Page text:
Kwakwani residents urged to pursue opportunities beyond bauxite
-opportunities for training available
Minister of Labour, Hon. Joseph Hamilton has urged Kwakwani residents to pursue livelihoods in other sectors to enhance their lives and develop their communities.
The Minister was at the time addressing a small gathering at the Kwakwani Primary School during a recent outreach to several villages in the Upper Demerara-Berbice (Region Ten).
The residents were inquiring about the way forward for bauxite workers since the Russia-owned bauxite company RUSAL suspended its operations over a labour conflict back in January 2020. That impasse resulted in workers who had been laid-off, blocking the Berbice River, preventing the movement of the company’s bauxite out of Guyana.
“You cannot sit down and wait for RUSAL and bauxite. The information I received is that RUSAL might not be back here because RUSAL has been able to get a bauxite operation in Brazil that is more lucrative to them.
They are able to produce bauxite three, four times cheaper than they were doing in Guyana…That’s why as leaders, we have to be careful about decision making,” he said.
Minister Hamilton also said Linden and Region Ten can no longer be regarded as bauxite areas, and that residents must now focus on the other sectors including agriculture, forestry, mining and tourism.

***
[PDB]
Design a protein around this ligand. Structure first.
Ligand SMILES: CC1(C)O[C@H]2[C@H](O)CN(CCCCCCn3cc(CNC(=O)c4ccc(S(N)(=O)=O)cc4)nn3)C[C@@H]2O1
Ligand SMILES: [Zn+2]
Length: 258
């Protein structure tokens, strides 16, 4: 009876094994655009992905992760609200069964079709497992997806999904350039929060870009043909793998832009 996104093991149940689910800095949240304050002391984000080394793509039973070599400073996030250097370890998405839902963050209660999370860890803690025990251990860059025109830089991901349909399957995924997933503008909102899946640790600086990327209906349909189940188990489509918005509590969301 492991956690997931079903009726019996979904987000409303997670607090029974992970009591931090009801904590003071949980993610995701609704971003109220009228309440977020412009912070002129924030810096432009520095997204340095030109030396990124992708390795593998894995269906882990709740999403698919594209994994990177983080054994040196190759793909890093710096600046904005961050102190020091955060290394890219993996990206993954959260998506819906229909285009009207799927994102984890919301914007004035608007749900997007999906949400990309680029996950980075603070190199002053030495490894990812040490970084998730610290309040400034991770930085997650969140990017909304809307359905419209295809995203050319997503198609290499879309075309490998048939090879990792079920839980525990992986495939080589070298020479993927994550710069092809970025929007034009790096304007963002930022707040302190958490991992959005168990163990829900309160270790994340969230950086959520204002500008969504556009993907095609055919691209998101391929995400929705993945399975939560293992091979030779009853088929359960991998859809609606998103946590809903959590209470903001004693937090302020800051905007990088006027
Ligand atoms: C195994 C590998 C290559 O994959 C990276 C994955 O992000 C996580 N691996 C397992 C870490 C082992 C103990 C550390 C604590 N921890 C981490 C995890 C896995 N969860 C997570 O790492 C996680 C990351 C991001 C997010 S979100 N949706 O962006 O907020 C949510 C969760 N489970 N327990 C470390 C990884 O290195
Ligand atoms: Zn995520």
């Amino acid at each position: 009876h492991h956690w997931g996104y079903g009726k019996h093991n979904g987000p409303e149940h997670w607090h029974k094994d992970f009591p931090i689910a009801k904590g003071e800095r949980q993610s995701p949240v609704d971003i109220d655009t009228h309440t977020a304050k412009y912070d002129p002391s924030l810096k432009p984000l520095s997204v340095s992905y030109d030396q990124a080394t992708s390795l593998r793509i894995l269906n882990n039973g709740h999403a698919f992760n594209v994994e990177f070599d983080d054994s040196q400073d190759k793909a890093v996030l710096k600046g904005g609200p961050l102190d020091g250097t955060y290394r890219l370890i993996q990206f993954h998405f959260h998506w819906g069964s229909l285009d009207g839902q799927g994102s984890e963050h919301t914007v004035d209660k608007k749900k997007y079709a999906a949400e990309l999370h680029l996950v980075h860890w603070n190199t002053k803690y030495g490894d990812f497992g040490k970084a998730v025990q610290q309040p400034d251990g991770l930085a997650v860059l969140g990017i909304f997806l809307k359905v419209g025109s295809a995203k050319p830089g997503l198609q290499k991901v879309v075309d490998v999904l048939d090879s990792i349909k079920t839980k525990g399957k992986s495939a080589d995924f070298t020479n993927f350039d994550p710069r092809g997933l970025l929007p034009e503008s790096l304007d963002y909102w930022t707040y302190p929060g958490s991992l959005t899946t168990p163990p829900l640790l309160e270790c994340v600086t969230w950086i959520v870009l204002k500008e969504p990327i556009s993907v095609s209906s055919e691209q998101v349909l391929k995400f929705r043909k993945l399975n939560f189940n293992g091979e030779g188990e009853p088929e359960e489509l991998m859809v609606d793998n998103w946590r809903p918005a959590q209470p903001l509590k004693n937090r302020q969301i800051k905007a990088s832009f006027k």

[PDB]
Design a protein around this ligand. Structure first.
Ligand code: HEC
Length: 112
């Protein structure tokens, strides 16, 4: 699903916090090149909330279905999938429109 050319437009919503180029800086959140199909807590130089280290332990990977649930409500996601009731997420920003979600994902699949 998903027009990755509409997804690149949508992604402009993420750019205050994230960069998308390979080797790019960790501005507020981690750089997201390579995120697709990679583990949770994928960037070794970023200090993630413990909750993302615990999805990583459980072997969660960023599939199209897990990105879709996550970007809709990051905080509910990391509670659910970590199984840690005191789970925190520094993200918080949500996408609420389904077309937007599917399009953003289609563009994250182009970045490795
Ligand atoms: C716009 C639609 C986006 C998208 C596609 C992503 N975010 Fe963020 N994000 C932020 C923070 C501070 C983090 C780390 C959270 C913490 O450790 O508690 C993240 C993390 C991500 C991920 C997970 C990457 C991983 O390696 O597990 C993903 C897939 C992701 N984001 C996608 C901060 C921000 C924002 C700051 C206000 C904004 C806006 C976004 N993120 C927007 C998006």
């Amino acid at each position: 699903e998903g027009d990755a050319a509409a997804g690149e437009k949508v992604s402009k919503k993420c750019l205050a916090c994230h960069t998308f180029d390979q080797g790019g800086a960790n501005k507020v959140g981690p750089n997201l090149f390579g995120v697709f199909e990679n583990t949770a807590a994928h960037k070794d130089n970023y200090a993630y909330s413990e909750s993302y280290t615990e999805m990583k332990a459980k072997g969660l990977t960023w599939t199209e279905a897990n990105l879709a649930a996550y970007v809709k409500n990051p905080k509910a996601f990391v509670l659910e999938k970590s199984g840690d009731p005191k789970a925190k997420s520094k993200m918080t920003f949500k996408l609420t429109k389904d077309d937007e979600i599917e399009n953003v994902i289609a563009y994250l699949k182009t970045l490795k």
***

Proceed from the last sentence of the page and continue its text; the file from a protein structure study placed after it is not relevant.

At the same time, he noted that discussions are ongoing between local and international partners regarding taking over the company in the future.
“I had a meeting with the Guyana Gold and Diamond Miners about mining and they raised that they are engaging people at the level of UK as a conglomerate to put a proposal to the Government. I don’t know when, I don’t know how, I don’t know how soon,” he said.
In the interim, the Labour Minister presented to the residents a range of opportunities for skills training through the Board of Industrial Training for youths, women and retirees. These include training in areas such as small engine repairs, mechanics, plumbing, masonry, heavy-duty machinery operation, solar panel repairs, cosmetology, and garment construction.
He also encouraged Friendly Society groups to regularise themselves so they can also benefit from training and access small loans and grants to undertake economic ventures. These groups can also bid for small government contracts.